Osteoarthritis (OA) is the most common type of arthritis, and it can affect joints anywhere in the body. When cartilage in the joints wears down, bones become exposed and rub against each other. This causes swelling and pain in the joint and can limit your range of motion.
OA generally starts slowly but worsens over time. The base of the big toe, known as the first metatarsophalangeal joint, is a common site of OA.
Even in the early stages, arthritis in the toe can cause tenderness, achiness, and joint pain. You may also feel achiness or pain in other toes or the arch of your foot as you walk. Over time, you may even develop a burning sensation. An arthritic toe may ache after long periods of sitting or when you first wake up in the morning.
Overgrowth of the big toe bone can make it difficult or even impossible to bend your toe. This results in a stiff toe, also called hallux rigidus.
Arthritis causes inflammation, so you’ll probably notice some swelling around the joint of your toe. Damaged cartilage causes bones to rub against each other. Your body will attempt to repair this by growing more bone. This creates bony protrusions called bone spurs.
You may be unaware of bone spurs until you develop a visible bump or callus on your toe. As the big toe changes, it can start to push against the other toes, causing the joint at the base of the big toe to become enlarged. This is known as a bunion.
Walking can be a problem if you can’t bend your big toe. If you don’t already have bunions, the imbalance in the way you walk can make them more likely to develop. As you walk, bunions push against your shoes, causing your big toe to push against your other toes. This makes walking painful. Over time, bunions can lead to corns, calluses, and hammertoes, which are toes that are bent downward.
Your risk of OA increases as you age. This is mostly due to wear and tear. Your body becomes less able to heal damaged cartilage as you grow older. You’re more likely to develop OA if you have a family history of it or if you’re obese.
Hallux rigidus also may occur due to a toe injury or deformity of the foot. Stiffness in the big toe generally begins between the ages of 30 and 60.
Over-the-counter (OTC) pain relievers and anti-inflammatories can help lessen pain and swelling. Placing ice packs on the toe can offer temporary relief.
Choosing the right footwear can make a big difference. High heels, tight shoes, and pointy-toed shoes can encourage the formation of bunions. You may also benefit from inserts or arch supports. Always allow plenty of room for your big toe.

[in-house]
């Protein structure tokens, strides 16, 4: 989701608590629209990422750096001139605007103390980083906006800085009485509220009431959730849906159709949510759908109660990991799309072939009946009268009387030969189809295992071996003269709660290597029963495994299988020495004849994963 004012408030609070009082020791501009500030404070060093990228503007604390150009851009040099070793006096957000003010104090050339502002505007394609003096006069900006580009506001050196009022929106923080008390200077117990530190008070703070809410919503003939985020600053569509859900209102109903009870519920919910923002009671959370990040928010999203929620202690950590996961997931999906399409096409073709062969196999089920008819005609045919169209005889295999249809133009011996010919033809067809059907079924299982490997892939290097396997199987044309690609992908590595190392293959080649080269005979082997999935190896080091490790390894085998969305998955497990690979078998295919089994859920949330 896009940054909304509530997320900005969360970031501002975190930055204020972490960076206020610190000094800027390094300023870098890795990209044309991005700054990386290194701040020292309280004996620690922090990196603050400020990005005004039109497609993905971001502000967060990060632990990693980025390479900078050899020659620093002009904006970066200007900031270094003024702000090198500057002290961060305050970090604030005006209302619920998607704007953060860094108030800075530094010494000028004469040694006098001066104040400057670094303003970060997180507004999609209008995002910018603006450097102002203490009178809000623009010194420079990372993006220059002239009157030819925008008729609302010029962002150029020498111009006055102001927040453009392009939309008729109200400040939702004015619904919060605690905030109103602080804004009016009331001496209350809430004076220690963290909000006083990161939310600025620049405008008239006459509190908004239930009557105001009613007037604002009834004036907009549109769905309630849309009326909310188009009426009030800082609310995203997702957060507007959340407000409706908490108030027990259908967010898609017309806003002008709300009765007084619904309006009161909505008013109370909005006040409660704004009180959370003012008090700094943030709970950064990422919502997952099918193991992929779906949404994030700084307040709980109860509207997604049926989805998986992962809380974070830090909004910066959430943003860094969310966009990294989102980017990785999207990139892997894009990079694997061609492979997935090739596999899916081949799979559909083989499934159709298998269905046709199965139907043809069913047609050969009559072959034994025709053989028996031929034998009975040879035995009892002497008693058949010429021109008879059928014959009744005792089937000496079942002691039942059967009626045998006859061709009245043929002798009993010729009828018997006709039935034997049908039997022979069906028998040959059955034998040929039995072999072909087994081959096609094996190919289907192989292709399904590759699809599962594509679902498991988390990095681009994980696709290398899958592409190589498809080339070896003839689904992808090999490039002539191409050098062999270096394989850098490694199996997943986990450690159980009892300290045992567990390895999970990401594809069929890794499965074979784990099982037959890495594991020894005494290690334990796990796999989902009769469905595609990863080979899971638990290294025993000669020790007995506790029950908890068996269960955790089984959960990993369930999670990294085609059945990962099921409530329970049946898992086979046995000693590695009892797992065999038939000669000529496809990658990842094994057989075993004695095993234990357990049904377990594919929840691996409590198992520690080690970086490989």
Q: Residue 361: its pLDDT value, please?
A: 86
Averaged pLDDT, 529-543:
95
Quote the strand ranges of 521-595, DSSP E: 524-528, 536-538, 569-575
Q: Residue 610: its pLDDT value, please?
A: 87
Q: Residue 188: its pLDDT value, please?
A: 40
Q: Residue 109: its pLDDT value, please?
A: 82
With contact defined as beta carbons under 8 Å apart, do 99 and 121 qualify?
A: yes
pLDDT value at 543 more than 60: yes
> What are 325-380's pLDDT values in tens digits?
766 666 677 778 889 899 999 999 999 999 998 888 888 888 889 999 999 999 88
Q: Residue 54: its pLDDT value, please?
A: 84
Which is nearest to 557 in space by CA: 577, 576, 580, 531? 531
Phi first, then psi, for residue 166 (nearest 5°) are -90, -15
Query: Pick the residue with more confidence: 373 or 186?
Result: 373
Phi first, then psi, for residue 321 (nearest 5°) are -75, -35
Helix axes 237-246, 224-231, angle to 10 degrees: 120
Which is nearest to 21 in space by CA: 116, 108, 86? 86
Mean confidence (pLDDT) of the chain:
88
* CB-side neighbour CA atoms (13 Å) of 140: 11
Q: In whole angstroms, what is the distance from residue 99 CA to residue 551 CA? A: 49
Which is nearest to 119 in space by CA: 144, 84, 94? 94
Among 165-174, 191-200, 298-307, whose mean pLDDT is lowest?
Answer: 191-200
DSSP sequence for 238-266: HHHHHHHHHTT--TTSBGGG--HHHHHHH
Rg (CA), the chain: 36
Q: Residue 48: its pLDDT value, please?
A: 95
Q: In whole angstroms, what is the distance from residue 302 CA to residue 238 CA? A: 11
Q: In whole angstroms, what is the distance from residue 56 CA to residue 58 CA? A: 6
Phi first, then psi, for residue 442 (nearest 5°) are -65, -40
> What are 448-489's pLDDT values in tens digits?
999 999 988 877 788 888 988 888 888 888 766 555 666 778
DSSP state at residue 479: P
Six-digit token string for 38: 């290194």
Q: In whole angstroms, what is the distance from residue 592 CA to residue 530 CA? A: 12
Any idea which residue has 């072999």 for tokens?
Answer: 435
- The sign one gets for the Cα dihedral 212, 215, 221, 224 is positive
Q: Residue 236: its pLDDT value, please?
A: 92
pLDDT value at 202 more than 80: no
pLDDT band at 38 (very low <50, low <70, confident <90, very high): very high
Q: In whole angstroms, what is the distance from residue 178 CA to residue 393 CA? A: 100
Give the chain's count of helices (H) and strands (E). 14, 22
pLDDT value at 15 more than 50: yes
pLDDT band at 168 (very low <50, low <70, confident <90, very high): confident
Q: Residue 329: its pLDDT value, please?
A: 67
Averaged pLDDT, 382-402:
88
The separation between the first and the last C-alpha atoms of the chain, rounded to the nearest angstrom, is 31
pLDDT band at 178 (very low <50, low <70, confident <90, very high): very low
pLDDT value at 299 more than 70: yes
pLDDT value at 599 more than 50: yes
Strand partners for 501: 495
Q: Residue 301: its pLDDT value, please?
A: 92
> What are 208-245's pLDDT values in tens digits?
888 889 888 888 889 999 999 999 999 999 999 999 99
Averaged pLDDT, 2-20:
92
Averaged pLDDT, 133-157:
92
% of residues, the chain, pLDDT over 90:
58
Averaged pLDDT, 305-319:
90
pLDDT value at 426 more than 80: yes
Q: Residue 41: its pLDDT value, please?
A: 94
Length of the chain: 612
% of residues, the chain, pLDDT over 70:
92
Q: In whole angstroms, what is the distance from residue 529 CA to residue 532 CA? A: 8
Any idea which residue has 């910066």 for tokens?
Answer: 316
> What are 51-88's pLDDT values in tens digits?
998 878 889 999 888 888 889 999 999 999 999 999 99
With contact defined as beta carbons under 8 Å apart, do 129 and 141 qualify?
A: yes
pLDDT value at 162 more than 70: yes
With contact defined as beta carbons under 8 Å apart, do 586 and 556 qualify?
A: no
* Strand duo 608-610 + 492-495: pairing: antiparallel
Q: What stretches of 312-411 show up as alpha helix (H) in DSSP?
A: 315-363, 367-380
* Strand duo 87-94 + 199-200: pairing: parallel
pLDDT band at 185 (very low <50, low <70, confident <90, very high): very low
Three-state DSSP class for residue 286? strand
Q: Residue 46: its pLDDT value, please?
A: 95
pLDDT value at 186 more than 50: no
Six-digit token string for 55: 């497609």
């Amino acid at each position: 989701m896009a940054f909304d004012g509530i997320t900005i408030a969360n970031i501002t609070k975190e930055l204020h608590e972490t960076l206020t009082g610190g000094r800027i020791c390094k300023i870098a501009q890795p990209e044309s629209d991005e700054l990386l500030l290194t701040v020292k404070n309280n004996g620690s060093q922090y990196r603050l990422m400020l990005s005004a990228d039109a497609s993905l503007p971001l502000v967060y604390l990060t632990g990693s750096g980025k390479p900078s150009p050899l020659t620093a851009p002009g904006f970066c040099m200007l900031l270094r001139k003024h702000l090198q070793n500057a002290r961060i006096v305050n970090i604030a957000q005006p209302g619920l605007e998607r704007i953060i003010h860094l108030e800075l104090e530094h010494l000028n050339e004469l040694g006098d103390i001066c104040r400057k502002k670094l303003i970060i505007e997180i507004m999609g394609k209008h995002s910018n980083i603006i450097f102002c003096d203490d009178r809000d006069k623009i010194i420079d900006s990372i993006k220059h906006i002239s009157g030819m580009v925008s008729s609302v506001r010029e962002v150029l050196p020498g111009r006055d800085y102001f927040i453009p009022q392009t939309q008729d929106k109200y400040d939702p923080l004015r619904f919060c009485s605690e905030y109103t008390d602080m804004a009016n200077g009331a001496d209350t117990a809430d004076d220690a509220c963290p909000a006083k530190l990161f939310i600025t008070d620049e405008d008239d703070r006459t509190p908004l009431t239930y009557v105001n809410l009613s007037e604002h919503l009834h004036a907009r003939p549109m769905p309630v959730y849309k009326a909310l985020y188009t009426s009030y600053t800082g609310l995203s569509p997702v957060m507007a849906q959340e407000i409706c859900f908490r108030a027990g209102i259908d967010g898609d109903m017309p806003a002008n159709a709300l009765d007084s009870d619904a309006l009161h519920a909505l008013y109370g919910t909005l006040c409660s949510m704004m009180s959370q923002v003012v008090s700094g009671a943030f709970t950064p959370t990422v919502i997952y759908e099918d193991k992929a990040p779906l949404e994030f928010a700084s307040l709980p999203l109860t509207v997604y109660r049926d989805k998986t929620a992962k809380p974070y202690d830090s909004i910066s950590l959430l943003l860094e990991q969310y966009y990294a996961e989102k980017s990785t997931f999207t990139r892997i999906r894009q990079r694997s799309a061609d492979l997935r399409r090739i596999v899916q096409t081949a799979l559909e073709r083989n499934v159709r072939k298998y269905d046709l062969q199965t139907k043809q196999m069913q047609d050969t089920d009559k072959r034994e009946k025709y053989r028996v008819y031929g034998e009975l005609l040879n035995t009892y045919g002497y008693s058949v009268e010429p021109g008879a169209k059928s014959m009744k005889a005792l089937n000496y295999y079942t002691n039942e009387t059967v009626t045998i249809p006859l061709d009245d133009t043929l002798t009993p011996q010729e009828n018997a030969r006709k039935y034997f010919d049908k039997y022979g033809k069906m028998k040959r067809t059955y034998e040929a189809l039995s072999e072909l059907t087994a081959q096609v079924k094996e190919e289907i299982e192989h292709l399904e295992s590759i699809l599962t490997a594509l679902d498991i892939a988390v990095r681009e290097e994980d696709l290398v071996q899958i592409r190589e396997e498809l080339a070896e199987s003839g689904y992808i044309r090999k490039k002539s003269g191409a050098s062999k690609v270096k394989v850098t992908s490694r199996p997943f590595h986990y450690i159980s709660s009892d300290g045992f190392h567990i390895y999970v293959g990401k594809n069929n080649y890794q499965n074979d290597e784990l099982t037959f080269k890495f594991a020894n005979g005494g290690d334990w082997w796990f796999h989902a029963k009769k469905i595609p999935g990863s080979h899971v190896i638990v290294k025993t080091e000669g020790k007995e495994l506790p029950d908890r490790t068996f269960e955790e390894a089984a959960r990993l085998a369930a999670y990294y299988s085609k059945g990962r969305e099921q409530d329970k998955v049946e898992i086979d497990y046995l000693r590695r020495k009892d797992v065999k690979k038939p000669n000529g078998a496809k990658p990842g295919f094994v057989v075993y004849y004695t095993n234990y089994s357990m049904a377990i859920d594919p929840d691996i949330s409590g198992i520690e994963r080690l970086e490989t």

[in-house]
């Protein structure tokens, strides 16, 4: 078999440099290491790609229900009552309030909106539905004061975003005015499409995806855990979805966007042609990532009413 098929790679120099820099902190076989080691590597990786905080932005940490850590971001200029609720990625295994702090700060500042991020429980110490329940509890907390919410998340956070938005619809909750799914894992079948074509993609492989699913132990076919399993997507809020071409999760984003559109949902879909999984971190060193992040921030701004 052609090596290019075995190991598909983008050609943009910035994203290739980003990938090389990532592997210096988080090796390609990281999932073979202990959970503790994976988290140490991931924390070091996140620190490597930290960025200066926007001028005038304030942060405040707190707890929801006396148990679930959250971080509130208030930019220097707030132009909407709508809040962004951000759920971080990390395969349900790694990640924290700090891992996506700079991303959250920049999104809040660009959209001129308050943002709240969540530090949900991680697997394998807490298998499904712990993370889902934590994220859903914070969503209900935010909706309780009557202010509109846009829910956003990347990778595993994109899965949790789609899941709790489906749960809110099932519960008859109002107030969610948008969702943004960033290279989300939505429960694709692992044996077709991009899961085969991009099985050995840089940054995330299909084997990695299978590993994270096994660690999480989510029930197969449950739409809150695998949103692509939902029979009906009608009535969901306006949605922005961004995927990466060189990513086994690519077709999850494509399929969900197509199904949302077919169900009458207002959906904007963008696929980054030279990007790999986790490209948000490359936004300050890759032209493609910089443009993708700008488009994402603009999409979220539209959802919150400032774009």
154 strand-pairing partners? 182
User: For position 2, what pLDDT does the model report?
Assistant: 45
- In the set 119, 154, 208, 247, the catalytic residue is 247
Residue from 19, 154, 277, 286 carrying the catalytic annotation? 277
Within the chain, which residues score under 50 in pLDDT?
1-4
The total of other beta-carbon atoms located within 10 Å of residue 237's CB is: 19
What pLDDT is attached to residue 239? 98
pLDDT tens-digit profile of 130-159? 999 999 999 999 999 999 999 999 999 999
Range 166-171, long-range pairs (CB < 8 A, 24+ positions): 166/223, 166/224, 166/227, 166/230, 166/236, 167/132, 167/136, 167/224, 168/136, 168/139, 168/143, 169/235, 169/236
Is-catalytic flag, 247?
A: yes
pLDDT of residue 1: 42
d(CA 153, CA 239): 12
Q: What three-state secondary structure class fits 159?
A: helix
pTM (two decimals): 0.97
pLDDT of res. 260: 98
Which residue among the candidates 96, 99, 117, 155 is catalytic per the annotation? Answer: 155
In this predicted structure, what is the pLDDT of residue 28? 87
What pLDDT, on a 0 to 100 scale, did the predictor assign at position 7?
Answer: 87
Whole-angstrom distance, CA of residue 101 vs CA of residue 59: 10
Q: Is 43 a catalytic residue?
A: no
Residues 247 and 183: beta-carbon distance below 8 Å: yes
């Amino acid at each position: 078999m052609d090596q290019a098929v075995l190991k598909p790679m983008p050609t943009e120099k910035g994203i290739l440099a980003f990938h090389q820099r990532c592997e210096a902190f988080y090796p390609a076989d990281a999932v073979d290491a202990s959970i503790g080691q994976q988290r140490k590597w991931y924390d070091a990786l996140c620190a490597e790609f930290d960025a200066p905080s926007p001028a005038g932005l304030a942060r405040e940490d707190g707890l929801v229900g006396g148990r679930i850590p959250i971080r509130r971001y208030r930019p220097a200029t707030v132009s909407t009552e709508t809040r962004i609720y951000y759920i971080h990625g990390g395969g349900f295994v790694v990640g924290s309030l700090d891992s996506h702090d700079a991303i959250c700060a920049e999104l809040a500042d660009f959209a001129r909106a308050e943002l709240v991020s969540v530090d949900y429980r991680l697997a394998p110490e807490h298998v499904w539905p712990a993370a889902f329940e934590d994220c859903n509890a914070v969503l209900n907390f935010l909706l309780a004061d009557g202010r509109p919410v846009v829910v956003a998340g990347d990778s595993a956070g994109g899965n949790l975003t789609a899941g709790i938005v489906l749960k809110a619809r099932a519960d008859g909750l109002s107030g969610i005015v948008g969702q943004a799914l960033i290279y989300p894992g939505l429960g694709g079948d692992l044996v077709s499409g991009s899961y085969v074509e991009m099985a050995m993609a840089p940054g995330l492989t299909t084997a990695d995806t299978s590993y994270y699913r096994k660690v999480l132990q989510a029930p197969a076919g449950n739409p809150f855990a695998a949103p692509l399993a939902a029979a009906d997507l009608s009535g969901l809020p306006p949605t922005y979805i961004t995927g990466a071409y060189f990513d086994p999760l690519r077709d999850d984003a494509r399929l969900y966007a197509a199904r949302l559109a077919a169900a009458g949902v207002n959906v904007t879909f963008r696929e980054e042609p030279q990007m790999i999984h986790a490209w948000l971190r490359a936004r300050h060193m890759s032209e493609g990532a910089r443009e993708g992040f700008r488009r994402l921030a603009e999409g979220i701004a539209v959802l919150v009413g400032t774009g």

Extra weight adds stress to the bones of your feet, so pay attention to your diet and get regular exercise. These lifestyle modifications may help you feel better, but they don’t stop the progression of OA.
Your doctor will probably take an X-ray of your foot to look for bone spurs and assess the loss of function of the joint. They may recommend custom-made insoles or shoes that have stiff soles and rocker bottoms.
Your doctor or physical therapist can show you how to perform stretches and exercises for your feet. In some cases, a splint or brace may be helpful. A walking cane can help you feel more stable.
Your doctor can inject steroids directly into your joint. They can repeat this procedure if necessary. If OTC medications aren’t effective, your doctor may prescribe other medications.
In more severe cases, doctors can surgically remove damaged cartilage and fix the joint in a permanent position, which is called a fusion or arthrodesis. They can do this using a plate and screws, or wires. Some patients may benefit from joint replacement surgery, which is called an arthroplasty. Surgical options will depend on your activity level and whether your activities require motion of the metatarsophalangeal joint. Ask your doctor if you’re a good candidate for surgery if nonsurgical treatment doesn’t help.
Follow these tips to help prevent OA:
Maintain a healthy weight
Maintaining a healthy weight can help prevent your joints from experiencing extra stress. The Arthritis Foundation says that for every 1 pound you gain, your knees have to support 4 extra pounds of stress. Over time, this extra stress will lead to the breakdown of your joints.
Maintain healthy blood sugar levels
People with type 2 diabetes are twice as likely to have arthritis. Recent research shows that high blood sugar can help the formation of molecules that cause cartilage to stiffen. People with diabetes also experience inflammation that can cause a loss of cartilage.
Stay in shape
Regular exercise helps to strengthen the muscles that support your joints. It also keeps your joints limber. Getting 30 minutes of physical activity five times per week can help prevent OA.
Take care of any injuries
You’re more likely to develop arthritis in joints that you’ve injured. Wear protective gear when you’re playing sports. Practice good lifting techniques when you’re carrying heavy objects.